Invisible Cities

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Harcourt Brace Jovanovich, 1974 - China - 165 pages
73 Reviews
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Imaginary conversations between Marco Polo and his host, the Chinese ruler Kublai Khan, conjure up cities of magical times. " Of all tasks, describing the contents of a book is the most difficult and in the case of a marvelous invention like Invisible Cities, perfectly irrelevant" (Gore Vidal). Translated by William Weaver. A Helen and Kurt Wolff Book

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User Review  - Castlelass - LibraryThing

Poetically written novella featuring an imagined conversation between Kublai Khan and Marco Polo. It is atmospheric. Some “cities” are places that sound wonderful – a place to go visit, while others ... Read full review

LibraryThing Review

User Review  - sriddell - LibraryThing

The description of this book is a series of conversations between Marco Polo and Kublai Khan, where Marco Polo describes the cities he's visited. The book is mostly descriptions of cities - real ... Read full review

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About the author (1974)

Italo Calvino 1923-1984 Novelist and short story writer Italo Calvino was born in Cuba on October 15, 1923, and grew up in Italy, graduating from the University of Turin in 1947. He is remembered for his distinctive style of fables. Much of his first work was political, including Il Sentiero dei Nidi di Ragno (The Path of the Nest Spiders, 1947), considered one of the main novels of neorealism. In the 1950s, Calvino began to explore fantasy and myth as extensions of realism. Il Visconte Dimezzato (The Cloven Knight, 1952), concerns a knight split in two in combat who continues to live on as two separates, one good and one bad, deprived of the link which made them a moral whole. In Il Barone Rampante (Baron in the Trees, 1957), a boy takes to the trees to avoid eating snail soup and lives an entire, fulfilled life without ever coming back down. Calvino was awarded an honorary degree from Mount Holyoke College in 1984 and died in 1985, following a cerebral hemorrhage. At the time of his death, he was the most translated contemporary Italian writer and a contender for the Nobel Prize for Literature.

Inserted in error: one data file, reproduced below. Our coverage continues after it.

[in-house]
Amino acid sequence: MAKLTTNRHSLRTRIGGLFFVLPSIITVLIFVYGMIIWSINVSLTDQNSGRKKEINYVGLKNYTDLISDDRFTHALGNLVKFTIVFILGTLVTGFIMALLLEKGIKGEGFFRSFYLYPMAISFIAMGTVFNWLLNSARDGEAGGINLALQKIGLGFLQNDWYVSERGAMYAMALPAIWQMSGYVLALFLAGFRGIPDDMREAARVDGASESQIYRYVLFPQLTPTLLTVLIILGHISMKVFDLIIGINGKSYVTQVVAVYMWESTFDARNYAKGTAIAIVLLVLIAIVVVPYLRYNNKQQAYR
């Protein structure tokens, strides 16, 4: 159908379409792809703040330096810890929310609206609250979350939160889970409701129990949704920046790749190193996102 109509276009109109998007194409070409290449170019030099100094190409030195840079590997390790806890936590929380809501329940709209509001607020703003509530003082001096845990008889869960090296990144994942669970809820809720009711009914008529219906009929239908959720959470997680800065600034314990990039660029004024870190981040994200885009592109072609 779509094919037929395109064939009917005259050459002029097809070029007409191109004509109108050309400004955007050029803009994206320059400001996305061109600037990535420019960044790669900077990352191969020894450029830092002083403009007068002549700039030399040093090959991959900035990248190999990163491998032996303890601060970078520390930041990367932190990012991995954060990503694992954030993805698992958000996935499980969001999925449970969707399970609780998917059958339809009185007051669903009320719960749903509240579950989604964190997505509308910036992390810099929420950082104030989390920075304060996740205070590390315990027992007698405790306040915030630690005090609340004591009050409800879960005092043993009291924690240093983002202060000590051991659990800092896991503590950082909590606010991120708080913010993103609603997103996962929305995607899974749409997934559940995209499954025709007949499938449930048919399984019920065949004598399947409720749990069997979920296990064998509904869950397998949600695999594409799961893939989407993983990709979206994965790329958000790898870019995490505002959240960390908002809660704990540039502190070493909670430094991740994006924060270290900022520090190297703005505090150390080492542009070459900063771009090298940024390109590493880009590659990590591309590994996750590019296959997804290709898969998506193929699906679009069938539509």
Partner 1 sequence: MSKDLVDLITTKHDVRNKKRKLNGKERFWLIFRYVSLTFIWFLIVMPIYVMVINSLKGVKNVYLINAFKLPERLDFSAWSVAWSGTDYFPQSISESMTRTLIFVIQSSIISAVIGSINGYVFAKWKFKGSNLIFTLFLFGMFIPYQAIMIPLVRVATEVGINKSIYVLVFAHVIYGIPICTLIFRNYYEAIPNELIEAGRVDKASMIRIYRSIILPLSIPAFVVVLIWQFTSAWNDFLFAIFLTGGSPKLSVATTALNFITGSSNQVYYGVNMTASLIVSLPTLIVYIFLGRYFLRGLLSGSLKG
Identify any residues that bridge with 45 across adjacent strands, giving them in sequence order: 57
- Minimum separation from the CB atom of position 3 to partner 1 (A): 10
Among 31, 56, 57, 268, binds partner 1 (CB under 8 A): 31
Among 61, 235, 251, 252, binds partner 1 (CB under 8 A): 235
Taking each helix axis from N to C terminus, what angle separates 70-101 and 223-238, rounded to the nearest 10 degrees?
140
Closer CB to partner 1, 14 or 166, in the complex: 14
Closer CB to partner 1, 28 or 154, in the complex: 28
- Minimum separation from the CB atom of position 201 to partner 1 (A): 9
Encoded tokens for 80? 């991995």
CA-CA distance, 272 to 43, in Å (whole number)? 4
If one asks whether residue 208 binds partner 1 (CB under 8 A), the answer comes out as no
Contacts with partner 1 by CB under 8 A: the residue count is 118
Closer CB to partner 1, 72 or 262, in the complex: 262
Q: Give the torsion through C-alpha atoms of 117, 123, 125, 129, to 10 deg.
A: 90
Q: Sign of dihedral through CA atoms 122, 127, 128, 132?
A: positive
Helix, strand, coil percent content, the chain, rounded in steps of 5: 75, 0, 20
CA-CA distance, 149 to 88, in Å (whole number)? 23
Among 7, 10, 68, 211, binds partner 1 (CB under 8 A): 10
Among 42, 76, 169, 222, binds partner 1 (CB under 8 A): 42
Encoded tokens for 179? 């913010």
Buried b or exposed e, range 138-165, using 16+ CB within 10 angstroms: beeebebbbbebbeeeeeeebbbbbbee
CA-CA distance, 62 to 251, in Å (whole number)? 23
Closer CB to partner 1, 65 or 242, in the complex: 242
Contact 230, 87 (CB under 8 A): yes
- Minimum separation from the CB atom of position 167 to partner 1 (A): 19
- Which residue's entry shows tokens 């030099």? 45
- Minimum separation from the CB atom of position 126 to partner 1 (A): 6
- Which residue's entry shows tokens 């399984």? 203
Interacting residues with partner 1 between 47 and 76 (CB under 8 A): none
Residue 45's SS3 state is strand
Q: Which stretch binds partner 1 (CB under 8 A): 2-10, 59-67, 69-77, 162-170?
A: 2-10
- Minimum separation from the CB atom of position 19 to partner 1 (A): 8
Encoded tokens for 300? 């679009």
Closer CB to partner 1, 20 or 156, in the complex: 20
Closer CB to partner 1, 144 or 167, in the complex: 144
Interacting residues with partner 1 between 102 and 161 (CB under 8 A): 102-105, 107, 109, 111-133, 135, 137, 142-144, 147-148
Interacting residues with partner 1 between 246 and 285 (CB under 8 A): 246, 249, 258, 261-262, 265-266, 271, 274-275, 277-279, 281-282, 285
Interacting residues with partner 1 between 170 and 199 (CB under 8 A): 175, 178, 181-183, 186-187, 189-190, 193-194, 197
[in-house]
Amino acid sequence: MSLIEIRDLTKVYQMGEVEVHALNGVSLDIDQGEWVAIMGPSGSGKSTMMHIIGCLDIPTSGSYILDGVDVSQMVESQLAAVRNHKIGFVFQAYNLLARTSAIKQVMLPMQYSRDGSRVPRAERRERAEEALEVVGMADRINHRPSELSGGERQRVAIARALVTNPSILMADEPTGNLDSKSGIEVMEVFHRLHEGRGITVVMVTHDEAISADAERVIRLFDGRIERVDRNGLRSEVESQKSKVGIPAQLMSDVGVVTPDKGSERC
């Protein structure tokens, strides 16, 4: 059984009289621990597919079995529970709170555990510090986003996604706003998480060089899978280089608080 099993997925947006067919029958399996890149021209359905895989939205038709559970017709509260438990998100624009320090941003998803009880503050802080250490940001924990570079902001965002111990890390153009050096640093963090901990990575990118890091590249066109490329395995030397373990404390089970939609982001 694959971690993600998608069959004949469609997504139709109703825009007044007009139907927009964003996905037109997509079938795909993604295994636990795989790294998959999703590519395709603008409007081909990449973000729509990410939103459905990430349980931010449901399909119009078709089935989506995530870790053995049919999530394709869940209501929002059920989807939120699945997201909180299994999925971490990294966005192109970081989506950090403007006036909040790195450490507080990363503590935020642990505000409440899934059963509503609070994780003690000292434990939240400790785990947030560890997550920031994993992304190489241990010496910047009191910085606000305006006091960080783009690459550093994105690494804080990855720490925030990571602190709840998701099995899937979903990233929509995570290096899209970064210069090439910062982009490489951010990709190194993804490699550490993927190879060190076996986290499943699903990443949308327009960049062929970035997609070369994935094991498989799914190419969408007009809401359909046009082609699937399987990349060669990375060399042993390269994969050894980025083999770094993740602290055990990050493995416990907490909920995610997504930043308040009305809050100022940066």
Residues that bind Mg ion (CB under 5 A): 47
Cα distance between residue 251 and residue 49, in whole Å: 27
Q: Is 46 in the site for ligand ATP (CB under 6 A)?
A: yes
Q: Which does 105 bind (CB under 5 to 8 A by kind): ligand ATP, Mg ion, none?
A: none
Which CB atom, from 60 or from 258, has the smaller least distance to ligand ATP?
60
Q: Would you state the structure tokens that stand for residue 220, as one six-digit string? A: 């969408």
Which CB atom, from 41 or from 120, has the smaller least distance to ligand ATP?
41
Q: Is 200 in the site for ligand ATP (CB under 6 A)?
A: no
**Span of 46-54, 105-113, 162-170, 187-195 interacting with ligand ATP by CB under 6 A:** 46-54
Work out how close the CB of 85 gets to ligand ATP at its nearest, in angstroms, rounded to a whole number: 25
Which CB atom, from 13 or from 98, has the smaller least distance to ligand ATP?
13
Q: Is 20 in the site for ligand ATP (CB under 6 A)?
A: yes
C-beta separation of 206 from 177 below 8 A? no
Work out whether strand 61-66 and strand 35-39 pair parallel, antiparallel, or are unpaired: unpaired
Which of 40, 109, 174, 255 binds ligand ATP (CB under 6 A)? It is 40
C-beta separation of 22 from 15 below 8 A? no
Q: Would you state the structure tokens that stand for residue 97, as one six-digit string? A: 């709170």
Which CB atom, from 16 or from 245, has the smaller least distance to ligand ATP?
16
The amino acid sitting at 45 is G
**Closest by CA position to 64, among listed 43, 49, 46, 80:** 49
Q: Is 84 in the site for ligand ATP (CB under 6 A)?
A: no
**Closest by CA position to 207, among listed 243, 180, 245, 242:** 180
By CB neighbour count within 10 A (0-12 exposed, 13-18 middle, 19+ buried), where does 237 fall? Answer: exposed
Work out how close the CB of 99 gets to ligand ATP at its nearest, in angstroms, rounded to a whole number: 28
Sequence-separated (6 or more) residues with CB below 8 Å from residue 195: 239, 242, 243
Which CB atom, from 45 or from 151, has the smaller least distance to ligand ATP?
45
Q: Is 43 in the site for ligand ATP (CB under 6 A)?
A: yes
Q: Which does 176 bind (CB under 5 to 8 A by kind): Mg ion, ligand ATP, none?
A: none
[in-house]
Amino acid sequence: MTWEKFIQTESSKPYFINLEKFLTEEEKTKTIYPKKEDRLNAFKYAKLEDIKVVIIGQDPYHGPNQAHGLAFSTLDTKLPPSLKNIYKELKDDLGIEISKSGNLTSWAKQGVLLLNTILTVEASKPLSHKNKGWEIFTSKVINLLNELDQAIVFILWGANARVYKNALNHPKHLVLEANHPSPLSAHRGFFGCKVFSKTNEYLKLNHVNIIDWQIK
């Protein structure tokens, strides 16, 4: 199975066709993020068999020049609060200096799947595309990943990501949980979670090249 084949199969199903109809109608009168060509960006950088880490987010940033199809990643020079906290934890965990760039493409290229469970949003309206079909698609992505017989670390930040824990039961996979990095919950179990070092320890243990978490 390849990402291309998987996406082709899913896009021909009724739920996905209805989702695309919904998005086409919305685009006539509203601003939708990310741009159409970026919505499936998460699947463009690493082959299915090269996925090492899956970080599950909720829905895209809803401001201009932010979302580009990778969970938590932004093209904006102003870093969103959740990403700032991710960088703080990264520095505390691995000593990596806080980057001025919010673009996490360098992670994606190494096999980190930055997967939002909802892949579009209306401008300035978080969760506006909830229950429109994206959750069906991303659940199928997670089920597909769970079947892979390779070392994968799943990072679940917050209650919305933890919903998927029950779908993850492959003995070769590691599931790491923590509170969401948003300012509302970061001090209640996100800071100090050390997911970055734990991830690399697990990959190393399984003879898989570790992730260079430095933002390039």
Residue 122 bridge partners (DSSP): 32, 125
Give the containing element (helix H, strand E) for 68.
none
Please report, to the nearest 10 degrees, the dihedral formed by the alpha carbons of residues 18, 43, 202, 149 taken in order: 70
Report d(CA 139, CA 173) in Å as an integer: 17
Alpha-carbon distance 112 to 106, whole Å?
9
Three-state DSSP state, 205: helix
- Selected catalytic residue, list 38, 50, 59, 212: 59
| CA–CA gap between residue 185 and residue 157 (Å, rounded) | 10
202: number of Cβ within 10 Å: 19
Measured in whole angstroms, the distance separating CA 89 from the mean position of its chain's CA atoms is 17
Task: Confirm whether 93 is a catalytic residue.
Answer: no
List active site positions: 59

William Weaver was born on July 24, 1923. During World War II, he joined the American Field Service and was sent to Africa and then to Italy as an ambulance driver. As a senior at Princeton University, he had a short story published in Harper's Bazaar. After graduation, he taught at the University of Virginia for a year before returning to Italy. He was a translator of modern Italian literature into English. He translated the works of numerous authors including Italo Calvino, Umberto Eco, Giorgio Bassani and Primo Levi. He also studied opera and wrote several books on the subject including The Golden Century of Italian Opera from Rossini to Puccini. He taught at Bard College in Annandale-on-Hudson, New York in the 1990s. He died on November 12, 2013 at the age of 90.

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